Friday, July 21, 2006

Restoring The Importance of Amateurism

There was an article in the Arts section of the New York Times the other day, a review of an historical exhibit on drawing as a cultural activity showing books and ephemera. The article discussed the idea of the death of amateurism. People used to consider it a good education to learn how to draw. Music used to be played in the home. People (kids and adults) used to play pick-up games of baseball in the evening. Now we watch baseball on TV, download music by the famous, and look at drawing as something only "artists" do.

I think this same problem can be seen in the care and feeding of dogs.

People now believe that they need to feed "specially formulated diets", avoiding all "people food". They are afraid to learn the basics of what dogs as a species thrive on. Our society has become accustomed to sickness in dogs (and ourselves!), giving up the power to help our pets live healthy lives in the most basic of ways - through food. Even when given easy access to this knowledge they turn away. Participation is giving way to passive observation.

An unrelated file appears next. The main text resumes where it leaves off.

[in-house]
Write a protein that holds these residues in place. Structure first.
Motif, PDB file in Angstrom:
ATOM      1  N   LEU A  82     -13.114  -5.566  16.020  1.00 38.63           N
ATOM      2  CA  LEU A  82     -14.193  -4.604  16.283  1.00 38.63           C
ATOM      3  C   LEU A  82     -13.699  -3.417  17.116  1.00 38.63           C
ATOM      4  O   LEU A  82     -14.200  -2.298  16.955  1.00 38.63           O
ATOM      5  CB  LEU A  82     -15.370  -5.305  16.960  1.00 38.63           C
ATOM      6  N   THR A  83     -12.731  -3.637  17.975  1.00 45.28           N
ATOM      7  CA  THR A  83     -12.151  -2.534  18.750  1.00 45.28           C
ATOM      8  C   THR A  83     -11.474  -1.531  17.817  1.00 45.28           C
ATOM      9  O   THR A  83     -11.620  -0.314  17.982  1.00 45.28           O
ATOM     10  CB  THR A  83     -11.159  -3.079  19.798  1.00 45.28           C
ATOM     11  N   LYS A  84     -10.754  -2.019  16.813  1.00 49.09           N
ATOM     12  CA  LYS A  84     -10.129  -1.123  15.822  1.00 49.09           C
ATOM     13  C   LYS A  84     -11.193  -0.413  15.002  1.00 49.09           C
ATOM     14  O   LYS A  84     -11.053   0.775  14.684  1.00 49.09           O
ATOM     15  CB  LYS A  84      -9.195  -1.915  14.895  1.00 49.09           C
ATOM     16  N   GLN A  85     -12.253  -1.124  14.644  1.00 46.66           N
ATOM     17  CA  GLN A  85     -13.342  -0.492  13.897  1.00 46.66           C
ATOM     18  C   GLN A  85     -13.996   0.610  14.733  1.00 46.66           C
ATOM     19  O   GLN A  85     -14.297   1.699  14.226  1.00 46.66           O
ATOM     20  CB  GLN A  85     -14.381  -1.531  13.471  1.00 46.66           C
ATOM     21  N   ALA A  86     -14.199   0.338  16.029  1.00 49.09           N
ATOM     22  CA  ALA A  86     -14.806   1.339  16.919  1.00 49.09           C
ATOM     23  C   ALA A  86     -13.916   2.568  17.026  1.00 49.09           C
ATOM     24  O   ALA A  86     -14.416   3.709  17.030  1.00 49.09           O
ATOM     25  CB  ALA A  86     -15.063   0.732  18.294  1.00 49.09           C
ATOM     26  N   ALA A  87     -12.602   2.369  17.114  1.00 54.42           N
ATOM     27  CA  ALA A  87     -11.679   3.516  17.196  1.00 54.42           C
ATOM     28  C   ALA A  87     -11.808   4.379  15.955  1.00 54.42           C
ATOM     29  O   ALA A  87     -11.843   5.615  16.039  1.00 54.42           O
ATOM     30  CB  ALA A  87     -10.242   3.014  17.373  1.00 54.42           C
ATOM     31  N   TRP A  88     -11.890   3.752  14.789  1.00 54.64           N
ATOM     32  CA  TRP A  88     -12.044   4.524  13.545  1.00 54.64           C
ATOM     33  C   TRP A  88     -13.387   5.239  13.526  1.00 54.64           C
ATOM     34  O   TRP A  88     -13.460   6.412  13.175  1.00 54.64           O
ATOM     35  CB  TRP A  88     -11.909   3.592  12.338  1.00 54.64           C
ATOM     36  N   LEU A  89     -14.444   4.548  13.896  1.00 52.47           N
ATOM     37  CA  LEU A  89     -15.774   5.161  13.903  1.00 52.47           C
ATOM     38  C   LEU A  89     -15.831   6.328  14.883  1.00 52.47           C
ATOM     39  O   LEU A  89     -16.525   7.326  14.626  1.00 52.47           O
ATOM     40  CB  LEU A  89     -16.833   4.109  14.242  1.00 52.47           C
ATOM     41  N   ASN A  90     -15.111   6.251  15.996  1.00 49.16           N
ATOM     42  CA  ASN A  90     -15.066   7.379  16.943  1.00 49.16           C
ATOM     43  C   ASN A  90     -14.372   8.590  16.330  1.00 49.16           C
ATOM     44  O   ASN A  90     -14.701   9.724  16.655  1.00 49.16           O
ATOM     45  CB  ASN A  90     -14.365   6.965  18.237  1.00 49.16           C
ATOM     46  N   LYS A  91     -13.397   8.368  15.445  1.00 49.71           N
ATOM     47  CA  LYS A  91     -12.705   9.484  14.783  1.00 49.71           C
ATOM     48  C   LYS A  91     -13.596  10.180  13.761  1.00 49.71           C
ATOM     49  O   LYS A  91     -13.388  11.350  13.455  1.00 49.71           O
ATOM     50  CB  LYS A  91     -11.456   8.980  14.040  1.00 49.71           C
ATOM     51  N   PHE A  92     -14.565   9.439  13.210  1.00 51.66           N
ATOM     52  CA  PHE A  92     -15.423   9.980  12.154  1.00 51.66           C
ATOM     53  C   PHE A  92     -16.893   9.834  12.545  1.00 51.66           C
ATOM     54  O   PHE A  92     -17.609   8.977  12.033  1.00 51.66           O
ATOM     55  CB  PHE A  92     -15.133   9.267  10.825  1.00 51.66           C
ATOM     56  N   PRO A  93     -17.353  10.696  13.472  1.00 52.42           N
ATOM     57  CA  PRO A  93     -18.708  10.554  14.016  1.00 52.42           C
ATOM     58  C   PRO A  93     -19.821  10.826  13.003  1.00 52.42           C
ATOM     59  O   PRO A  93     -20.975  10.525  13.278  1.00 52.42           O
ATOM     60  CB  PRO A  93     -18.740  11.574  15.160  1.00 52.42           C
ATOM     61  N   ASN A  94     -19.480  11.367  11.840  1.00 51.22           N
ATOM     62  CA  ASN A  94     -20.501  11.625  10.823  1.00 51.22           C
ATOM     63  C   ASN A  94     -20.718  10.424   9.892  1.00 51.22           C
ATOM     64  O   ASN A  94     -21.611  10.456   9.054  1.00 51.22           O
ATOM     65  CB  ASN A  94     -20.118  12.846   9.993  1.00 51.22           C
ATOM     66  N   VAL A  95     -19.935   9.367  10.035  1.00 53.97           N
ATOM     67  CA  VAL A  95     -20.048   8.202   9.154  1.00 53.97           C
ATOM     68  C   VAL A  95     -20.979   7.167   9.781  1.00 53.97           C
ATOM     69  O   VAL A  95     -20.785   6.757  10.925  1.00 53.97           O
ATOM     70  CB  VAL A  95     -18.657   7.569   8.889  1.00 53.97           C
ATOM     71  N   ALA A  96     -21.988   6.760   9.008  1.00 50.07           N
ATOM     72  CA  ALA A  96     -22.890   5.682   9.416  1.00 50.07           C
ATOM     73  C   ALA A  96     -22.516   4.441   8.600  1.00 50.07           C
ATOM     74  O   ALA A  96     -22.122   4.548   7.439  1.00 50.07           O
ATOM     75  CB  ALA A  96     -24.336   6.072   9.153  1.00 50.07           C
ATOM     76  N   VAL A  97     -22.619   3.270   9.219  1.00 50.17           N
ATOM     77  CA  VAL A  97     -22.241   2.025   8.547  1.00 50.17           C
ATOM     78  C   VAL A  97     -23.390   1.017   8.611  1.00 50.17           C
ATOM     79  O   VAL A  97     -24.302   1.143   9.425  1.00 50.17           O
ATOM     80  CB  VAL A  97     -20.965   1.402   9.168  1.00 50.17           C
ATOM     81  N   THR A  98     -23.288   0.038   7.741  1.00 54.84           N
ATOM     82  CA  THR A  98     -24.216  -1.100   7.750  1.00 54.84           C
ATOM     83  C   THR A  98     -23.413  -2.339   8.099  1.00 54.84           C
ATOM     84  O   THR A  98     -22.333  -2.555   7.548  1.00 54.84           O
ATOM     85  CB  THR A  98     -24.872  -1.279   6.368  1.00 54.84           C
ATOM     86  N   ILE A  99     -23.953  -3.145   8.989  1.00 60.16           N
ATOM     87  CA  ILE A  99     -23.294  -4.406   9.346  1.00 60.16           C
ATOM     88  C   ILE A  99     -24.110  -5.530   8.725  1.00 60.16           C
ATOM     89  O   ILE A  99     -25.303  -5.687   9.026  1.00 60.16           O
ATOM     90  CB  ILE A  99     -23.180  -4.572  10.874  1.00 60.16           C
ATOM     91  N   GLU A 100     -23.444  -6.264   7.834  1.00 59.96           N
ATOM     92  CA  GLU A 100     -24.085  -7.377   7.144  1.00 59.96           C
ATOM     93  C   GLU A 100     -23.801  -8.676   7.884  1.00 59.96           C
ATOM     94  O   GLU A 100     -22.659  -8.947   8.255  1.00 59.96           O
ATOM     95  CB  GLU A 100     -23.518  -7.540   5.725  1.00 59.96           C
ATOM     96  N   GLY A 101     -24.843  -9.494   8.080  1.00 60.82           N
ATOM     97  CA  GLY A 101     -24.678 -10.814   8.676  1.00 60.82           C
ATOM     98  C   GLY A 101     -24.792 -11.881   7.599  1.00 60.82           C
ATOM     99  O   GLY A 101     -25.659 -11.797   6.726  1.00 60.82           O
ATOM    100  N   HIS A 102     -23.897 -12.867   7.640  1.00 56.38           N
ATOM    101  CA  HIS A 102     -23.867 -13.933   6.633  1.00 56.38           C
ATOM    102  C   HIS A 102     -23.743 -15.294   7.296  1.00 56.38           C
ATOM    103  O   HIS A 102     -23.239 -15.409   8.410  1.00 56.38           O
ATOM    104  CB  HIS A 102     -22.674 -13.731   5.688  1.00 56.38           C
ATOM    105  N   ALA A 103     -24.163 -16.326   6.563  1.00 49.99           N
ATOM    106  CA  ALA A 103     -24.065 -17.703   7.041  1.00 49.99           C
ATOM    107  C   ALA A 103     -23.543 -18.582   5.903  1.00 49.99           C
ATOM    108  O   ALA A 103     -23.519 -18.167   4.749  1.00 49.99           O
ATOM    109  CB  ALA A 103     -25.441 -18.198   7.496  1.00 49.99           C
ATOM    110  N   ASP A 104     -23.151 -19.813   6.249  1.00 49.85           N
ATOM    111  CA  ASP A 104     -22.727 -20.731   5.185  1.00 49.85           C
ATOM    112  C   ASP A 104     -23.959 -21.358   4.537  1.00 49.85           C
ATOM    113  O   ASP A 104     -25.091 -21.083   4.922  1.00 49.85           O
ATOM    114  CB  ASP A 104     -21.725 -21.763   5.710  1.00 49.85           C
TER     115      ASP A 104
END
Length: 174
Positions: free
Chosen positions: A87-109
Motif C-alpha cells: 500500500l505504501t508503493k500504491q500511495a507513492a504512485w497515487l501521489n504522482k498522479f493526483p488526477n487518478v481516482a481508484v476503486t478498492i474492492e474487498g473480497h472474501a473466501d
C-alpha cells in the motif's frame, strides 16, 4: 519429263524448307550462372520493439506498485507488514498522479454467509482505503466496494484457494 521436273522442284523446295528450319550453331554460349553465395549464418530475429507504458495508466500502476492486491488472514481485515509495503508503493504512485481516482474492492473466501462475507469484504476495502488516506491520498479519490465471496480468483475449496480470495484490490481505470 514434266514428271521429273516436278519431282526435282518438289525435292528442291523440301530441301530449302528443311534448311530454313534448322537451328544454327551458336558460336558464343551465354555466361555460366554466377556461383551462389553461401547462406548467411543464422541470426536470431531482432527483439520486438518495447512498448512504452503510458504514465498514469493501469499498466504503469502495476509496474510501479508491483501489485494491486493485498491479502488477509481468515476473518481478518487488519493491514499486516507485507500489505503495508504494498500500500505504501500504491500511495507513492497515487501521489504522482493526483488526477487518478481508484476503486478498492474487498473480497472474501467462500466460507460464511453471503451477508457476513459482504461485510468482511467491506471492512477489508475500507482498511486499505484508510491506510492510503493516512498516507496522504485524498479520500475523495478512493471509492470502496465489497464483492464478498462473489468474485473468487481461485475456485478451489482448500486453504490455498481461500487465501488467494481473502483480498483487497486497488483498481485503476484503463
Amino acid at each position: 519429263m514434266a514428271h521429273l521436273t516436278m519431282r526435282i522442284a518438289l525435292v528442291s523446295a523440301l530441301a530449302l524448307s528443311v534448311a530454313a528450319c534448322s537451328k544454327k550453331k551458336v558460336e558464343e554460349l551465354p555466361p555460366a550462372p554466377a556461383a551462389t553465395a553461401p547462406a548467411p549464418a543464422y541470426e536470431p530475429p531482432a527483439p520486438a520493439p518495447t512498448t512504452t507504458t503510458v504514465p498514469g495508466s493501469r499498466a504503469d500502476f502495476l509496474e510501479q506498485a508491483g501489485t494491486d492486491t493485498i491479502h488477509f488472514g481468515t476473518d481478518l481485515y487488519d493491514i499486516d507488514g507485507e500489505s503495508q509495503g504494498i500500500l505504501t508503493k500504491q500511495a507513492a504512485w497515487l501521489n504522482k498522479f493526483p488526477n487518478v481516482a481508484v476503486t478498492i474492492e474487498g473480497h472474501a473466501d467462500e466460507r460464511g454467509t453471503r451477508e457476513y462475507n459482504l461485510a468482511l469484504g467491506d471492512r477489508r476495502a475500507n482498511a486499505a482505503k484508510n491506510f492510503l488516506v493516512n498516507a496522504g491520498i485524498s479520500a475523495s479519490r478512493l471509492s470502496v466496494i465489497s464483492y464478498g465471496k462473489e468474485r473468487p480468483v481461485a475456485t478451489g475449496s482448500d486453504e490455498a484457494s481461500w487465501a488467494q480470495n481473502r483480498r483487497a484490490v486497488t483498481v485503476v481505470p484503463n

When talking to people about feeding fresh food to their dogs I often compare it to feeding ourselves - the same reason fresh food is good for us is why it's good for our dogs. It really is that simple, you just need to learn a few guidelines that are species specific.

I'm discouraged when people are offered access to this knowledge, but are more comfortable having a sick pet.

Amateurism is a term that's lost it's way. The term I use more myself is D.I.Y, which stands for Do It Yourself. Whatever you want to call it, we should be doing more of it!
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